The guzheng is a traditional Chinese plucked instrument that belongs to the zither family of musical instruments. It has a history of over 2,500 years. The modern guzheng is about 64 inches in length, has 21 strings, and is tuned in a major pentatonic scale.
A guzheng-like instrument is believed to have developed during the Qin Dynasty (221 B.C. to 206 B.C.). It originally had about 12 strings. “Until 1961, the common guzheng had 18 strings. In 1961 Xu Zhengao, together with Wang Xunzhi, introduced the first 21-string guzheng after two years of research and development. In 1961, they also invented the ‘S-shaped’ left string rest, which was quickly adopted by all guzheng makers and is still used today, whether in the shape of the letter ‘S,’ ‘C,’ etc.,” according to Seattle Guzheng.
Though the 21-string version is the most commonly used, traditional musicians from the coastal areas of China and Taiwan continue to use 16-string ones. Some even use customized ones with 34 strings. Originally, the strings were made of silk. In the 20th century, metal strings began to be used. Today, most guzheng performers use an instrument with steel strings that are wound with nylon. This multi-material string enables the guzheng to produce a higher volume while retaining a reasonable timbre. The instrument has a huge resonant cavity made from wu tong wood. Artists also tend to customize their guzhengs with unique decorations that can include carved art, paintings, calligraphy, etc.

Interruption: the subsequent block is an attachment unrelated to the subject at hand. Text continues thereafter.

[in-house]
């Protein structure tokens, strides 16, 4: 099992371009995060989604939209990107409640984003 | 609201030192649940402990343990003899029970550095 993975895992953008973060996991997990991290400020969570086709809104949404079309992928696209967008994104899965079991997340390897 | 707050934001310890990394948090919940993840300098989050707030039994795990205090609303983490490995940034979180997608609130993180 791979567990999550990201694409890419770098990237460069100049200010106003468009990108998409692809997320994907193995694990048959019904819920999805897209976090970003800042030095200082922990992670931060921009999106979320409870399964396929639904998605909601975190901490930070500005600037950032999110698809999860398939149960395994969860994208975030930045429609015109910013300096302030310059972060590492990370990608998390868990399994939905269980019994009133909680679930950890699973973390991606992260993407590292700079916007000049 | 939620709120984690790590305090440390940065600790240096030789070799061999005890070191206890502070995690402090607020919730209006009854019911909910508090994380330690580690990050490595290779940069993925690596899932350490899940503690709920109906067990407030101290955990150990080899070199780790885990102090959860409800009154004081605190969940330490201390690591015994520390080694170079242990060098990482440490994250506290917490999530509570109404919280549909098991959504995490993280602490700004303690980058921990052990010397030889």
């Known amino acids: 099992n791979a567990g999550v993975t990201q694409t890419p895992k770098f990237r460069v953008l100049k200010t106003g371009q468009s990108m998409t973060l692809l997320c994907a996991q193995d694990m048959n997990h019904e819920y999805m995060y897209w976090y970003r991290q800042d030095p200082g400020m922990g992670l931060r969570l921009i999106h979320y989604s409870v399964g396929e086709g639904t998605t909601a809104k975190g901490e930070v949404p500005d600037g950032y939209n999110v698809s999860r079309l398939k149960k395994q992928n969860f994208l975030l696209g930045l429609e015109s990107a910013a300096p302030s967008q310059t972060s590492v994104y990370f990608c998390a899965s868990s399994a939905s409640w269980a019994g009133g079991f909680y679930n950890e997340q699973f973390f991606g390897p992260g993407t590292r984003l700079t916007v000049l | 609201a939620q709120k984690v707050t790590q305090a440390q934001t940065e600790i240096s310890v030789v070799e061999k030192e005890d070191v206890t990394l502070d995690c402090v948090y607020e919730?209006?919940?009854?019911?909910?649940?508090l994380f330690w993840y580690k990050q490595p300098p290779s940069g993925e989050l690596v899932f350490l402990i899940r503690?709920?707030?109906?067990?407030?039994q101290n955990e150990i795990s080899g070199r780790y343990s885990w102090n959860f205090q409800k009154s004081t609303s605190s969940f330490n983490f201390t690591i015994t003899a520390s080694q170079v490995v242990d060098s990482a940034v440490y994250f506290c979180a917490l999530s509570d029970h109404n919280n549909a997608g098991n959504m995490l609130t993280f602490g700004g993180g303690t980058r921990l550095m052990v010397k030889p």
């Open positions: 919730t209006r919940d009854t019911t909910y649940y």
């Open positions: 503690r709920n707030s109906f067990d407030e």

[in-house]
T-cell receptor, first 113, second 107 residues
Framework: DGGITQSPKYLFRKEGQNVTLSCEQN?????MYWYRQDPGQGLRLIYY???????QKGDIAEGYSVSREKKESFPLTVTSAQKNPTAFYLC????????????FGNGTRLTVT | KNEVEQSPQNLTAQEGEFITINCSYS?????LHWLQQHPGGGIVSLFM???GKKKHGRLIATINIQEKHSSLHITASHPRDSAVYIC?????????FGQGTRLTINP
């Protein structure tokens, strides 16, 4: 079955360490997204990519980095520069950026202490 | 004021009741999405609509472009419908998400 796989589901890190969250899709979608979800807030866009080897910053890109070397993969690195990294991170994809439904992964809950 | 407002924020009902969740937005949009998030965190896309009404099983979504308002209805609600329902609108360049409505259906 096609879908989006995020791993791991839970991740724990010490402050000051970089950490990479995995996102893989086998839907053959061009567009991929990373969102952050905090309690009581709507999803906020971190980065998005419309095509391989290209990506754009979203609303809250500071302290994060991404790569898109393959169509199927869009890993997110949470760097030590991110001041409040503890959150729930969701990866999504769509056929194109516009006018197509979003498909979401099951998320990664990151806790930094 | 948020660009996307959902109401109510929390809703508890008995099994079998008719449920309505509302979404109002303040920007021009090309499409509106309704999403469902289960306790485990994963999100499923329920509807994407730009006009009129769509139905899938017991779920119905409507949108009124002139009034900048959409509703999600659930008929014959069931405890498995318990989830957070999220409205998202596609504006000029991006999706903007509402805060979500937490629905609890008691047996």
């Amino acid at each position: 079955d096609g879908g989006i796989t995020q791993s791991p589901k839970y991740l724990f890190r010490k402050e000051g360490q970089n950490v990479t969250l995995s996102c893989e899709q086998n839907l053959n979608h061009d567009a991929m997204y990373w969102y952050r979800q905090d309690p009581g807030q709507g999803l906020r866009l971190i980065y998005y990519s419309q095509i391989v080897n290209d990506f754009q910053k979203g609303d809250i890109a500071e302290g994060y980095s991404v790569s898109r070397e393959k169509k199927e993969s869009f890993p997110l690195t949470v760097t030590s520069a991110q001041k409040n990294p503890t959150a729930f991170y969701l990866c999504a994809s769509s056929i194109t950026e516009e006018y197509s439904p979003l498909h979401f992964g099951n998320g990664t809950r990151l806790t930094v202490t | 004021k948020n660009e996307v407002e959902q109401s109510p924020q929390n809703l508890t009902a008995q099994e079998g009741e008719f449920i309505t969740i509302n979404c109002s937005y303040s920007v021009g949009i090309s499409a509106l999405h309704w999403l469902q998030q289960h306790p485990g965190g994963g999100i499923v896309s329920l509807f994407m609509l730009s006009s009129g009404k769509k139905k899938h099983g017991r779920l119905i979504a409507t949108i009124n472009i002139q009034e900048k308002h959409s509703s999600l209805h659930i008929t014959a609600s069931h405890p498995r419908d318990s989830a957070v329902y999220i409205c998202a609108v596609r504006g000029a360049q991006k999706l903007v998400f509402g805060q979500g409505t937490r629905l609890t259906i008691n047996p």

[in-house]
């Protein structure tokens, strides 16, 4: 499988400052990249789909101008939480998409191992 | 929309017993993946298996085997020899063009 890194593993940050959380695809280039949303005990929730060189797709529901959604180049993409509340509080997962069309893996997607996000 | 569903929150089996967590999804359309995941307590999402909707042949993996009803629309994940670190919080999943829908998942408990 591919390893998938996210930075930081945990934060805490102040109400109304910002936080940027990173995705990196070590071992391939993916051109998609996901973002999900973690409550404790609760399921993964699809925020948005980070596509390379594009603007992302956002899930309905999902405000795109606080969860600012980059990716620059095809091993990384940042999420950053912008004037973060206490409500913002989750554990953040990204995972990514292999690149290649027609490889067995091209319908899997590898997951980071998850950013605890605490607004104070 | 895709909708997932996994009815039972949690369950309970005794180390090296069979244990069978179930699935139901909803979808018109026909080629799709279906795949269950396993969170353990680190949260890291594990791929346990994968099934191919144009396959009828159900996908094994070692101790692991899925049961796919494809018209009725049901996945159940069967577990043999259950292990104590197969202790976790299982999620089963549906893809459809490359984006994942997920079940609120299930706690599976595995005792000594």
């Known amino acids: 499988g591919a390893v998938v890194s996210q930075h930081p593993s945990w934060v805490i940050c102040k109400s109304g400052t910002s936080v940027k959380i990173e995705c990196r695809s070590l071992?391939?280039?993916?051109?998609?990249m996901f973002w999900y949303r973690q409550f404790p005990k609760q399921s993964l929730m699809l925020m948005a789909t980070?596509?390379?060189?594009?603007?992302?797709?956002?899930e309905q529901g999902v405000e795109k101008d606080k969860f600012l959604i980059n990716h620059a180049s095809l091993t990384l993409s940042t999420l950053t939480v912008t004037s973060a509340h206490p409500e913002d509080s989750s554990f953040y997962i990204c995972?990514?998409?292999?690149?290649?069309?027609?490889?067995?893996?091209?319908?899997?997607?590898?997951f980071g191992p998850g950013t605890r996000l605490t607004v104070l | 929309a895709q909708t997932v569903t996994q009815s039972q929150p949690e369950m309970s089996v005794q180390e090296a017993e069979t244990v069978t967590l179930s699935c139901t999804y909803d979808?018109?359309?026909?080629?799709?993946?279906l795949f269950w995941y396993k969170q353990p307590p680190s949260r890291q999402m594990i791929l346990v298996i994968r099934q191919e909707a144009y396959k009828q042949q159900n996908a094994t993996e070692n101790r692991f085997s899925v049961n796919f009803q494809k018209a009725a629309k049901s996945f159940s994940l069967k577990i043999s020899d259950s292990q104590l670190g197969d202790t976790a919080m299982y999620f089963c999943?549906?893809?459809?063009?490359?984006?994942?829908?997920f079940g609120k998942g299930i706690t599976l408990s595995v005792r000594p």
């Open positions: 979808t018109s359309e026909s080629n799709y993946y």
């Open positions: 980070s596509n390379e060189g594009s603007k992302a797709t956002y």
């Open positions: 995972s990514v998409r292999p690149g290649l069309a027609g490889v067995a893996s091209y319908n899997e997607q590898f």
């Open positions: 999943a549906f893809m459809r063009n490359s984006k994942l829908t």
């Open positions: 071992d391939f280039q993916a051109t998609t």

A guzheng weighs around 20 to 30 pounds on average and is usually chunky. But despite its looks, the instrument is easy to carry. There is normally a compartment to the right side of the strings that the players use to store their tuners, extra strings, extra bridges, and so on. Ever since it was invented, the guzheng has inspired the creation of similar instruments in Asia. Some of the most popular ones include the dan tranh of Vietnam, koto in Japan, and kayagum in Korea.
Playing the guzheng
Traditional players use their right hand to pluck the notes and the left hand to add some ornamentation to the music like vibrato and pitch slides. A modern technique inspired by Western music uses the left hand to provide bass notes and harmony. This essentially allows the guzheng to have a greater musical range. On the downside, the technique sacrifices the ornamentation traditionally provided by the left hand.
Practitioners wear fake nails called finger picks when playing the instrument. These are usually made from turtle shells. “Guzheng players use a cloth tape that was made to tape the picks on the top of their right-hand fingers. Not all of them, only the first four. As one increases in level, they would also wear the finger picks on their left hand too. These not only protect your fingers from blistering, but also make sure that the sound comes out bright and not muffled when the string is plucked,” according to Sheet Music Plus.
There are two groups of guzheng playing styles — Northern and Southern schools. These are further subdivided based on the regions like Henan, Hakka, Shandong, and so on. In modern times, players often mix the techniques from both schools, essentially creating new styles. The guzheng is also being increasingly used in other genres of music like jazz and rock.